The Good Earth. She kills a baby. Never mind that they are starving. That is ALL they could talk about.
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Old 12-03-2010, 11:50 AM
 
Location: Toronto
3,339 posts, read 2,927,370 times
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Sure. Not all main characters in stories are meant to be likable or even relatable anyways.

In fact, having a protagonist you can't relate to, or sympathize with at all might make the work even more intriguing or thought-provoking.
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Old 12-03-2010, 03:36 PM
 
Location: Colorado (PA at heart)
5,305 posts, read 6,540,034 times
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Quote:
Originally Posted by lolagranola View Post
This is what ANNOYS me so much about one of my book clubs!! Even if something is beautifully written, several of them will dismiss the entire thing because of a charachter or situation they don't like!!

Ex:

The Poisonwood Bible. Half won't even read it because of the title, and those who did say they don't like that the little girl dies & that they don't ever get to hear the father's side of the story when you hear every other charachter's perspective.

The Good Earth. She kills a baby. Never mind that they are starving. That is ALL they could talk about.
What's wrong with that? It sounds like those are all major parts of the books so I think readers are entitled to take those aspect into consideration when reviewing them. The second example especially sounds like it is intended to get people talking about that particular part. Just because the writing itself is good or even "beautiful" doesn't necessarily means the plot and/or character development is favorable and those are just as important, if not more so, than writing style.

FYI, you may want to consider that you just potentially ruined those two books, especially the second one, for anyone who hasn't read them yet. Next time, I suggest putting in a spoilers warning - in fact, this forum even has a button for it (the one that says "Show/Hide").
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Old 12-03-2010, 08:21 PM
 
Location: Katonah, NY
16,212 posts, read 8,644,156 times
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Like most of the other people here, for me, it depends. I don't mind flawed people - I'm not perfect myself. I guess for me it's just how I feel about the particular flaws of a particular character. I actually love Heathcliff from Wuthering Heights. He's flawed but he loves so passionately and violently that I really do love him! However, I hated Madame Bovary. I didn't enjoy the book because I couldn't stand the character. Now, I can appreciate that it was, perhaps, written very well and that the quality of the literature is high - but just because something is well written does not mean it is enjoyable. And why read something if you don't enjoy it - no matter what book it is or who wrote it? I mean, unless you have to for school or book club or something...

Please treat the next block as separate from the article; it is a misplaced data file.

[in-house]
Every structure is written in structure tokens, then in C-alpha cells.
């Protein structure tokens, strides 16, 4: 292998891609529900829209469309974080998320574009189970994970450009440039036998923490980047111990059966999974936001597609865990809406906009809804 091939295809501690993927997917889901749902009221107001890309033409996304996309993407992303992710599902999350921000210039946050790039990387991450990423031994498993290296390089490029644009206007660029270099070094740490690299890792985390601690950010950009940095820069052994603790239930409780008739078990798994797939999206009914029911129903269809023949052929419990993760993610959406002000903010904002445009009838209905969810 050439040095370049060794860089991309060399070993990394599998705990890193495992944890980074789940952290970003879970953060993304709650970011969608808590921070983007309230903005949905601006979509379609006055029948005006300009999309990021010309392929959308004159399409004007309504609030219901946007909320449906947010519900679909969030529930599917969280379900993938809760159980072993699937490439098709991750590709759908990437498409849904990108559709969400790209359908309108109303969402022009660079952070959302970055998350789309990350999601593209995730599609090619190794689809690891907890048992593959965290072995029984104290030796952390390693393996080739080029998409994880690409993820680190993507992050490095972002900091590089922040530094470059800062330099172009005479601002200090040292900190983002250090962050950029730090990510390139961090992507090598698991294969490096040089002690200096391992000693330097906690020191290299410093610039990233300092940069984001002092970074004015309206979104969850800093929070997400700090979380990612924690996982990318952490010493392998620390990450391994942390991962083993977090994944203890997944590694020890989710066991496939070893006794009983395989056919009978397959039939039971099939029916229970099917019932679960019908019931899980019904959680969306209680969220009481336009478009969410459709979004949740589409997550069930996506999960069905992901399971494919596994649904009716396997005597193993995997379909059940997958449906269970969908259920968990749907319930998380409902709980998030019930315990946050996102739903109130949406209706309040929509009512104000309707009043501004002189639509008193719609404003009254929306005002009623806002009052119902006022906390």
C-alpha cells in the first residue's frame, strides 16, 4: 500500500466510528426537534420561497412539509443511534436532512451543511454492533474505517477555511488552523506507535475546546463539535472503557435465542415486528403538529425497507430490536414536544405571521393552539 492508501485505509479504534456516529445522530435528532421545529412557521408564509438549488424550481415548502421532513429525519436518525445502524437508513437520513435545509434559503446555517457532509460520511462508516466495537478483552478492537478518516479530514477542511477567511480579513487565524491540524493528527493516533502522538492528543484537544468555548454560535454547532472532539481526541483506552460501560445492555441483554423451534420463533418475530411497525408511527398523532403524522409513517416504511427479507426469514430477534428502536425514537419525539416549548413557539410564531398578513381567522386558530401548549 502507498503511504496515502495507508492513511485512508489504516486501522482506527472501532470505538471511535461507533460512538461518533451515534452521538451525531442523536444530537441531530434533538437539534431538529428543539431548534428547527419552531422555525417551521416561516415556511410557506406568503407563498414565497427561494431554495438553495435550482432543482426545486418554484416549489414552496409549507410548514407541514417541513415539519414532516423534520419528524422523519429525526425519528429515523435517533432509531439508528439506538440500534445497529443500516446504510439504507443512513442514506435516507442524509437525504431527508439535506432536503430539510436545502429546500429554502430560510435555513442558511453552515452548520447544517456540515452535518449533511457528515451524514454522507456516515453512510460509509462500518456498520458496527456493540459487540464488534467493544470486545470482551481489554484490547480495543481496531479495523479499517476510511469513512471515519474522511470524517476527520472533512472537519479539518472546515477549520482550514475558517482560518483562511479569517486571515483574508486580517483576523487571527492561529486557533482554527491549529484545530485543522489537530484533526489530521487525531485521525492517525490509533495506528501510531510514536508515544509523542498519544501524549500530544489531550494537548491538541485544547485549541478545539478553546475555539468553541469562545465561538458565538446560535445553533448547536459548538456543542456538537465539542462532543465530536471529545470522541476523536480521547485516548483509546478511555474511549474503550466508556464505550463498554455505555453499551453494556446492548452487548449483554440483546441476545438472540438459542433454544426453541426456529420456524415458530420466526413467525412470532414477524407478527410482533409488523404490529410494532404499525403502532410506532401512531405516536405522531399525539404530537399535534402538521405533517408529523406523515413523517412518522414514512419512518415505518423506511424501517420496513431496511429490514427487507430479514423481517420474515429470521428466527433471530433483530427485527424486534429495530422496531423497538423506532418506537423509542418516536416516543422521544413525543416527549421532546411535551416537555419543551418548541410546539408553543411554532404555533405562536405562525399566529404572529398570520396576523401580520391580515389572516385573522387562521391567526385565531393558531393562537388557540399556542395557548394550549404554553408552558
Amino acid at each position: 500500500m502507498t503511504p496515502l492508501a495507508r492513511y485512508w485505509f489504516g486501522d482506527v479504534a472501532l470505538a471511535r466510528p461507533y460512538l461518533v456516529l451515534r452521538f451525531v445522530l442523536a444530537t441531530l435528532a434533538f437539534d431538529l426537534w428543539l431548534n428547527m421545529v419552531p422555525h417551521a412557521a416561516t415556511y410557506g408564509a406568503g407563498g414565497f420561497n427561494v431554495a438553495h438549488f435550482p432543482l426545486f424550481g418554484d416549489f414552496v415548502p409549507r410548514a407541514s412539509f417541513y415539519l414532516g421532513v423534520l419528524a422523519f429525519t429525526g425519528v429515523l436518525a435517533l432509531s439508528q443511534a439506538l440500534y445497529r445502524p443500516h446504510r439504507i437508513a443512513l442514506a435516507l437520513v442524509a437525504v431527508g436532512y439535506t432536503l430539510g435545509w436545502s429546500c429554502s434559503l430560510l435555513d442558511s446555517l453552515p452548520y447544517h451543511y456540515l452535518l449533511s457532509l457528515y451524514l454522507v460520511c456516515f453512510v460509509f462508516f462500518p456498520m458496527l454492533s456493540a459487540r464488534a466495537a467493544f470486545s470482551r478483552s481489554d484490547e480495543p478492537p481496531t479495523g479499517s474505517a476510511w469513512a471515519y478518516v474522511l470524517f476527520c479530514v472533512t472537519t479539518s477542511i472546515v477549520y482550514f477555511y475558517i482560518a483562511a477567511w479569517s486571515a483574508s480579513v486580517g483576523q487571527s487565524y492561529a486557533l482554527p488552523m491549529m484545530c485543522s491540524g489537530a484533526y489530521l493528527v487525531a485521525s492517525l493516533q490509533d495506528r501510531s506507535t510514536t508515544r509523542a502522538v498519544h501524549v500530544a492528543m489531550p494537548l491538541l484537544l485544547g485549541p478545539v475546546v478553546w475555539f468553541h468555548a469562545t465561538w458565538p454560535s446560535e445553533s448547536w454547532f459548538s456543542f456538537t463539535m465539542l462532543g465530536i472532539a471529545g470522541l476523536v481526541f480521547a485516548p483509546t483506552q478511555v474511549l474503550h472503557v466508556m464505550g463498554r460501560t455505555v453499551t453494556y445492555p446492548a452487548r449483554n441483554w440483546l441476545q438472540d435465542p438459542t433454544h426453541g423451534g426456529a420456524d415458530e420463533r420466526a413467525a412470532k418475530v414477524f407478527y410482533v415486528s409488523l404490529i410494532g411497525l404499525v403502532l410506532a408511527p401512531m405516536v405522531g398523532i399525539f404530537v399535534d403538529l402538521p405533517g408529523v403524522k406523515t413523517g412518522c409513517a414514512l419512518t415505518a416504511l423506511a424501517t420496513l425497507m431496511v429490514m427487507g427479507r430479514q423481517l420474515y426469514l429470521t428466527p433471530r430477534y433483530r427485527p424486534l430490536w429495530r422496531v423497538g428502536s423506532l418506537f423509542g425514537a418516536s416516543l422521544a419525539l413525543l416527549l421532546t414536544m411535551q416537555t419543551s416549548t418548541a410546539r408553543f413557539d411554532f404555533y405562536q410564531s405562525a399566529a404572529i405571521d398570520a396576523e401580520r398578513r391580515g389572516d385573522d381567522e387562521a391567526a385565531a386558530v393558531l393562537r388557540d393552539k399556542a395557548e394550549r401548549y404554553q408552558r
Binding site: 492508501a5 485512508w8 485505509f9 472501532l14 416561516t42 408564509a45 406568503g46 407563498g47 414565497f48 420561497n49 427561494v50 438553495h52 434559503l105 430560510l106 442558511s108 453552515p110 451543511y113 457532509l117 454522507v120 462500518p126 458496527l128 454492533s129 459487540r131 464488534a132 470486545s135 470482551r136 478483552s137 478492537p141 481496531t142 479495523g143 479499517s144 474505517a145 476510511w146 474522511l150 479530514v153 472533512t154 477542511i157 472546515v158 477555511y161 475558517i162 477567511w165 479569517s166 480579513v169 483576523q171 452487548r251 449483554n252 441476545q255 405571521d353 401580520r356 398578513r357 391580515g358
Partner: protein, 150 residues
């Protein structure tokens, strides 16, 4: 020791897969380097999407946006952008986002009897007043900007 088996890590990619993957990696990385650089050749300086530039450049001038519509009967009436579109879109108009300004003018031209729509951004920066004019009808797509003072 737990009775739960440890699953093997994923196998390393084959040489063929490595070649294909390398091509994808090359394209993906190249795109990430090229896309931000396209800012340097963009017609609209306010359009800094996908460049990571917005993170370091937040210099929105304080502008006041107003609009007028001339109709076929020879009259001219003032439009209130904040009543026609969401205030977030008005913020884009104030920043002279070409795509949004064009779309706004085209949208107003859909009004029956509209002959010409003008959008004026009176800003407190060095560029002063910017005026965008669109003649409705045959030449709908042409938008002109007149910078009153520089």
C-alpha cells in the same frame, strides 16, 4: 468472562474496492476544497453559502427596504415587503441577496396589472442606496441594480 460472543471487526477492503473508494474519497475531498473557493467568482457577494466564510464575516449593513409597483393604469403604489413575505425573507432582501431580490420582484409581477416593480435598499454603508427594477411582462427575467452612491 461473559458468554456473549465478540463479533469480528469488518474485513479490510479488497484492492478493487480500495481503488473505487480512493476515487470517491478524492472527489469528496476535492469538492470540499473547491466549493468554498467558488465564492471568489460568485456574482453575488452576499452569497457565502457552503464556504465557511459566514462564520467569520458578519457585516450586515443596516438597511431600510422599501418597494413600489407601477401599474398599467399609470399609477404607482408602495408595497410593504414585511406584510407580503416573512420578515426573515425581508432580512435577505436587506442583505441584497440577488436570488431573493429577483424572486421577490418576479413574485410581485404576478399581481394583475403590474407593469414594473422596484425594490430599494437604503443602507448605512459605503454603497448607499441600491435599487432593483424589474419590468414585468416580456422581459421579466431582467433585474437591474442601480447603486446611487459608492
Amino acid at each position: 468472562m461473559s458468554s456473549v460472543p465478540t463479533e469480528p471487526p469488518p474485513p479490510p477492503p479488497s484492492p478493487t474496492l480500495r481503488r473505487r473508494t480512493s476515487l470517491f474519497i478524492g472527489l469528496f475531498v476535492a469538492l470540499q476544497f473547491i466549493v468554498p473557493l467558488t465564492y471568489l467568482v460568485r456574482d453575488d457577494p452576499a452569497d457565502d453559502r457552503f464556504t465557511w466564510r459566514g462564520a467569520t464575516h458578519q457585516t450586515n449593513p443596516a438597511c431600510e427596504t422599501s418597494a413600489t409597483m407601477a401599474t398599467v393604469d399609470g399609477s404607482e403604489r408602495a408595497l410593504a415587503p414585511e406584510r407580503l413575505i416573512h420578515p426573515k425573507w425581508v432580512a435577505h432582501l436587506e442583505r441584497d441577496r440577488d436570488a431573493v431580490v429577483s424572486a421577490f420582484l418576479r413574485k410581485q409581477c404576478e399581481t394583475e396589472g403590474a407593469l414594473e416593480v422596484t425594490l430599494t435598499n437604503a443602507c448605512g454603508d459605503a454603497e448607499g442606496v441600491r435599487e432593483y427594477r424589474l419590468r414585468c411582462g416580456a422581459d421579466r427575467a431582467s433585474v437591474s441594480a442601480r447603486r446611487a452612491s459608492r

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Old 12-04-2010, 07:12 PM
 
Location: Here&There
1,958 posts, read 2,072,294 times
Reputation: 1954
Sure.

Othello, Anna Karenina, Catcher in the Rye, The Brothers Karamazov, One Hundred Years of Solitude (I disliked most of the characters as there wasn't really one main character), Notes from the Underground, Resurrection, The Idiot ... just to name a few.
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Old 12-05-2010, 03:38 AM
 
Location: Colorado (PA at heart)
5,305 posts, read 6,540,034 times
Reputation: 6201
Ah, see I hated Catcher in the Rye because I hated Holden. Othello was good because even though the protagonist (Iago) is actually the villain of the story, he is an interesting and well developed character. Holden was just an obnoxious little %*&.
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Old 12-05-2010, 03:58 AM
 
Location: Here&There
1,958 posts, read 2,072,294 times
Reputation: 1954
Quote:
Originally Posted by PA2UK View Post
Ah, see I hated Catcher in the Rye because I hated Holden. Othello was good because even though the protagonist (Iago) is actually the villain of the story, he is an interesting and well developed character. Holden was just an obnoxious little %*&.
Yeah I know many Holden-type people, they suck but they exist so the story was believable for me and that's why I enjoyed it.